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The Straight Truth About Dietary Fat – Is It Good or Bad?
- Updated: February 2, 2013
By Drew Stegman –
One of the most important factors that will determine your health and body composition is your diet. But where many people get confused is when they hear the word fat. They automatically enter panic mode and push away their plate if a food has too much fat in it and they would not dare touch saturated fat. But what’s the straight truth behind fat? Is saturated fat really bad for us? What about trans fats? And can the right types of fats in your diet really help you lose weight?
Before I go any further, I want to list the four fat sources and what food sources they can be found in:
· Saturated fats: Found in things like meat, eggs, cheese and butter.
· Monounsaturated fats: Found in things like nuts, olive oil, canola oil and grape seed oil.
· Polyunsaturated fats: Found in things like fish, other types of seafood, soybeans and flax seed.
· Trans Fats: Found in things like fried chicken, doughnuts and pretty much anything that is packaged, processed or refined. More on this later.
You’ve probably heard of the “good” fats which raise your HDL (good) cholesterol and are very beneficial for your health. On the other hand, you’ve probably heard that there are bad fats as well which have a negative effect on your health and cholesterol, raising your LDL (bad) cholesterol and lowering your HDL cholesterol as well. But is there any truth to this statement?
In addition to hearing about good fats and bad fats, you’ve probably also heard that the good fats are monounsaturated and polyunsaturated fats while the bad fats are trans fats and saturated fats. While there is some truth to this, they have the saturated fats placed in the wrong category.
Do a quick Google search on the subject and I guarantee you will not find one study even suggesting that saturated fat is bad for you. In fact, you’ll find dozens of testimonials and studies that suggest the opposite. Why is this? Because saturated fat was never the cause of heart disease! Period. There is absolutely no scientific evidence linking saturated fat with an increased risk factor for cardiovascular disease; yet it is a huge nutrition myth that nearly everybody believes. Still believe that saturated fat is bad for you? Do a quick Google search on the ‘The Truth about Saturated Fat & Cholesterol’ and I guarantee that you will not find a single study even suggesting that saturated fat is bad for you. Instead, you’ll find dozens of testimonials and studies suggesting the opposite.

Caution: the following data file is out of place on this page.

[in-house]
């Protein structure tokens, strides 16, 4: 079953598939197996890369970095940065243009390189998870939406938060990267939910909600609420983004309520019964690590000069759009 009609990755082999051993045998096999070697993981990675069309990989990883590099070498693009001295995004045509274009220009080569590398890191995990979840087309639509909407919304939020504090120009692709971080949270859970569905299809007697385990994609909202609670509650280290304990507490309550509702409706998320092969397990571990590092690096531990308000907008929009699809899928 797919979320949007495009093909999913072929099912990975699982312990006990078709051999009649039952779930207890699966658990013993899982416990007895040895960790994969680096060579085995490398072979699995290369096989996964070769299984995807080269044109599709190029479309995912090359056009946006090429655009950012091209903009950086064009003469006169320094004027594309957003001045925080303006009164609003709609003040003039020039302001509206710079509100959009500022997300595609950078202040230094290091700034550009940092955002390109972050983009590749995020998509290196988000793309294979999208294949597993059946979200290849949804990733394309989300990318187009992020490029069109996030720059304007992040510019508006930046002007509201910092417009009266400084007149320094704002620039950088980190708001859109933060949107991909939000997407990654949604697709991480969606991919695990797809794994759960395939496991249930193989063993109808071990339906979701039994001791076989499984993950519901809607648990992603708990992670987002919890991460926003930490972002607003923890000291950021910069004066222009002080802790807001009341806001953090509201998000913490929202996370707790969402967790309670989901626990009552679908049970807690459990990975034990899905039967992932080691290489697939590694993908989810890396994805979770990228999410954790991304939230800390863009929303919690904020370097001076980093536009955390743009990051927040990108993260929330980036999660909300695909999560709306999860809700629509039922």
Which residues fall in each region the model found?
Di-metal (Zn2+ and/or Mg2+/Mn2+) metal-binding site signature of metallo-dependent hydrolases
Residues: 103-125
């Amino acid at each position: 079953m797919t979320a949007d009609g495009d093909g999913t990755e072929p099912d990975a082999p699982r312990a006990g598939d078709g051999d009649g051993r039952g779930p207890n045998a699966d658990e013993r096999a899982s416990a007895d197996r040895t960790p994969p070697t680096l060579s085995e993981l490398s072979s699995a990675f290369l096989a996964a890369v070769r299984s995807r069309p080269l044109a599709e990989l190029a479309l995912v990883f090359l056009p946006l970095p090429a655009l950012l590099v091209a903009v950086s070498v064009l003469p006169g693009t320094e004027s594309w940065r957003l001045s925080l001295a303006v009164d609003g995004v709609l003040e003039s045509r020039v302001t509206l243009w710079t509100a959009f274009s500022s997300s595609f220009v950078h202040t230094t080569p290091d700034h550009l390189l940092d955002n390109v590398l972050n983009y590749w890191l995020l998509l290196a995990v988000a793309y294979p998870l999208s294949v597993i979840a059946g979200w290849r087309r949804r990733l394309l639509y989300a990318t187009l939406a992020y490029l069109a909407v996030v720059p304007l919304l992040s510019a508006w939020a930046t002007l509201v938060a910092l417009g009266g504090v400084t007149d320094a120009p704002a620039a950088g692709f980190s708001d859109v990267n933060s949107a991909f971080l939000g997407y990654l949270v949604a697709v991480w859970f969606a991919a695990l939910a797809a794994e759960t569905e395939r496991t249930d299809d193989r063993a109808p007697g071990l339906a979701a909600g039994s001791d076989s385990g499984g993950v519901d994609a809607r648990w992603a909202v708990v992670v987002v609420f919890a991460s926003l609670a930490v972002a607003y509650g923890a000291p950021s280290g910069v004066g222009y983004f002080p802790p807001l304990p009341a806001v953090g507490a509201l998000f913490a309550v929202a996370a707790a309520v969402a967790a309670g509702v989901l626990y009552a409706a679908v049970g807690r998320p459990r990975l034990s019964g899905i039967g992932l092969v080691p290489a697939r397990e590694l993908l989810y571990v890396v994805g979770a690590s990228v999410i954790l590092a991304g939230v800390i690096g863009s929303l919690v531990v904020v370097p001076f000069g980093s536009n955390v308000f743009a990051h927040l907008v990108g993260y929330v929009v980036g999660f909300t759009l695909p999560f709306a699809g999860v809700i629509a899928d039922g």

Quite honestly, the only type of fat that you need to avoid is trans fats, since these are the only types of fats that have a negative impact on your health. Trans fats are processed, chemically altered fats that are made in a lab and are found in many of the processed, packaged, refined and fried foods we eat today, primarily because they increase the shelf life of certain foods and besides, they taste good. But trans fats have many negative health consequences, including an increased risk for cardiovascular disease, diabetes, cancer, stroke, increased LDL and decreased HDL and so on. You should avoid trans fats at all times.
Now do not be deceived when you look on the nutrition labels of many foods, since you will probably see that there is zero grams of trans fat per serving. But what many people don’t know is that if there is less than 0.5 grams of trans fat per serving, then they don’t have to post it on the nutrition label. So in order to be 100% sure rather or not a food has trans fat in it, look on the label and find the ingredients. If you see the words “partially hydrogenated vegetable oil” or “partially hydrogenated vegetable shortening” or anything similar, then trans fats have been used.
Next time somebody tells you to stay away from saturated fats, tell them to take a hike. And while I will agree with the notion that trans fats are still bad for your health, this is the only thing I will agree with. As far as monounsaturated fats and polyunsaturated fats go, they are still incredibly nutritious for you as well. Fats should make up at least 30% of your diet and don’t worry – you won’t drop dead from a heart attack. In fact, increasing the amount of fat in your diet can help reduce your risk of a heart attack, stroke, diabetes and many other diseases as well. Including fat in your diet can also help you lose fat, since it helps keep you full in between meals. Some researchers are even suggesting that fat can improve your longevity, so make sure you fatten up your diet if you want to be healthy and lose weight.
My name is Drew and if there’s one thing I love doing in this world, it’s helping my clients find the best ways to lose weight and gain muscle fast. I’ve been in the fitness world now for 20 years and I have helped hundreds of people get into incredible shape, using the same workout principles and diet techniques that are in this article. I always make it my best effort to do my research on everything before telling somebody anything, because without solid scientific evidence my argument would be invalid. I hope you find this article as useful as many others have.
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